Open Access Original Research Article

Vitamin D [25(OH)D] Deficiency Patients in Prostate Cancer in Latvia

Anastasia Sitova, Olga Voika, Zigurds Zariņš

European Journal of Nutrition & Food Safety, Page 189-198
DOI: 10.9734/EJNFS/2017/36516

Nowadays the role of vitamin D is not only known to be limited to the maintenance of the bone health, but also to the reduction of the risk for development of many chronic diseases including autoimmune, cardiovascular, as well as various oncological diseases.

Aim of the work: To identify sources of vitamin D, as well as prevalence of vitamin D insufficiency and deficiency in aging men with the increased risk of prostate cancer.

Methods: The present case–control study included 252 respondents - men between 45-80 years of age, whose weight and height were measured, body mass index (BMI) was calculated, as well as both serum prostate specific antigen (PSA) and vitamin D (25 (OH) D) were determined. The study participants were divided into three groups: the first group consisted of men with PSA serum level <4.0 ng/mL, the second group with PSA >4.0-10.0 ng/mL, the third - PSA>10.0 ng/mL. We used the International Prostate Symptom Score (IPSS) to evaluate the symptoms, along with the physical examination (including a digital rectal exam or DRE). In the study group with reading of PSA> 4.0 ng/mL prostate biopsy was performed to determine the study participants with prostate cancer. Gleason score was used for the evaluation of prostate cancer malignity grade.

Statistical Analysis: The statistical processing of the obtained results was carried out by means of  the parametric and non-parametric statistical methods. The statistical descriptive method also included the determination of the mean arithmetic mean (M), mean values (m), for normal symptoms. The t-test and variance analysis were used for the present study, and the relationship between two or more variables was found using linear correlation and regression methods. Pearson's correlation coefficient “r” test was calculated between PSA, IPSS and 25(OH)D, continuous variables. P <0.05 was considered statistically significant.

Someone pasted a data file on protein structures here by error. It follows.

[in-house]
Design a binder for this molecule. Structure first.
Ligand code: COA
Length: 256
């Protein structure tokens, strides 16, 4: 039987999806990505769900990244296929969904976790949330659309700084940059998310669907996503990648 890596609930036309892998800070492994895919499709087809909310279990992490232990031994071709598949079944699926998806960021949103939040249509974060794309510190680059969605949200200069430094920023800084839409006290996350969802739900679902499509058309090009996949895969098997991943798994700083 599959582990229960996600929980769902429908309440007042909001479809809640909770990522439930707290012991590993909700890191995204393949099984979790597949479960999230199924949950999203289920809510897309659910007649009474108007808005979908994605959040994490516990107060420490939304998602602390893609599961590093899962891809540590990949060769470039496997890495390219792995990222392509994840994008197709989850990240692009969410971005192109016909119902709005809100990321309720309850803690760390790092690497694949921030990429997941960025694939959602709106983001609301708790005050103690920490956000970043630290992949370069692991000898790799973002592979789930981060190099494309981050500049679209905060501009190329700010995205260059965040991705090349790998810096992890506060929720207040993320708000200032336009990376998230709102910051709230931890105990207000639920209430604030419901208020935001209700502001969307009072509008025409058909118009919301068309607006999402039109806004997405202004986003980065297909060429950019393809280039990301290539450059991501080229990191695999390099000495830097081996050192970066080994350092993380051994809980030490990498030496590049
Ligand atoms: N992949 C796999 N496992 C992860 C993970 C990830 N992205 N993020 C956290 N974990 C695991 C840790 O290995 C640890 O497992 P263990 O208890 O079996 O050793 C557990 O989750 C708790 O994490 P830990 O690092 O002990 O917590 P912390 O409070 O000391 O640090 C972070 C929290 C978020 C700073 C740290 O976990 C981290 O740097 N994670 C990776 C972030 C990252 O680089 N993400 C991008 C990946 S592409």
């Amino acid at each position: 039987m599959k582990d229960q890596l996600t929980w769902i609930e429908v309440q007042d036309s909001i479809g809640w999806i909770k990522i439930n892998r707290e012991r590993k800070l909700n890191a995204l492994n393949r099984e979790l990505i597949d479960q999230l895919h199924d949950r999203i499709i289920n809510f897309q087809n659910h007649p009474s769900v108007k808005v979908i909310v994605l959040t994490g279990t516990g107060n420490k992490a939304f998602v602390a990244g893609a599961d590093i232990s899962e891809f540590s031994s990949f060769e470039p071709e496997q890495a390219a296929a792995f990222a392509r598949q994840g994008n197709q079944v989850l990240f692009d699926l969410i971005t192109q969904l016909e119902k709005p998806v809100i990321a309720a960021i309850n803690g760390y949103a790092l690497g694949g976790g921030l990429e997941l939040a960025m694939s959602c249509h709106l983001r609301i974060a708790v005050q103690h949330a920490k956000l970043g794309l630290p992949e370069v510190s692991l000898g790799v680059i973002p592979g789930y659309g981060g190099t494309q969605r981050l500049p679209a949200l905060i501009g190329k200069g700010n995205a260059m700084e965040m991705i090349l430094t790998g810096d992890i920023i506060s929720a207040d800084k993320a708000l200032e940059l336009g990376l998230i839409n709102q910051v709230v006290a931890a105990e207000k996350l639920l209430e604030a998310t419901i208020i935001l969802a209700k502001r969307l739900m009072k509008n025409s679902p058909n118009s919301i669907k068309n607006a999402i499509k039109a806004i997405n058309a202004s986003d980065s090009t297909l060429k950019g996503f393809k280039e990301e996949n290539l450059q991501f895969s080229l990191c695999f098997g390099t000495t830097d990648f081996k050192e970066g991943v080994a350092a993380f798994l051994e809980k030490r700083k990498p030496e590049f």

Results: 252 men were included in the present study, the mean age 59 ±7.9, the mean PSA level 4.3±0.42, BMI 28.4±0.25, IPSS 12±0.64, 25(OH)D 17.5±0.47. PSA <4.0, the mean 25(OH)D serum level was 19.95±6.87, PSA 4-10, 25(OH)D 14.31±7.43, PSA >10, 25(OH)D-11.46±3.50. However, the correlation between IPSS and Vitamin D using Pearson's correlation was statistically insignificant (r = 0.05 p<0.001).

Conclusions: Vitamin D deficiency and insufficiency are common in males with the increased risk of developing prostate cancer. The increase in PSA levels correlates with the lower vitamin D levels, as well as correlation between 25(OH)D serum level and increased prostate cancer risk was also found.

Open Access Original Research Article

Chronic Consumption of Sweeteners Increases Carbonylated Protein Production in Lymphocytes from Mouse Lymphoid Organs

J. A. Escoto-Herrera, B. E. Martínez-Carrillo, N. Ramírez-Durán, H. Ramírez-Saad, R. Valdés-Ramos

European Journal of Nutrition & Food Safety, Page 209-219
DOI: 10.9734/EJNFS/2017/36772

Background: The prevalence of overweight, obesity and diabetes mellitus has increased in Mexico, therefore, sucralose and stevia are being used as alternative non-caloric sweeteners to reduce energy intake. Moreover, poorly balanced diets can lead to the formation of carbonyl groups, a marker used to determine oxidative damage to proteins. Increased presence of carbonylated proteins in CD1 mice chronically consuming sweeteners, may point them as causing oxidative damage.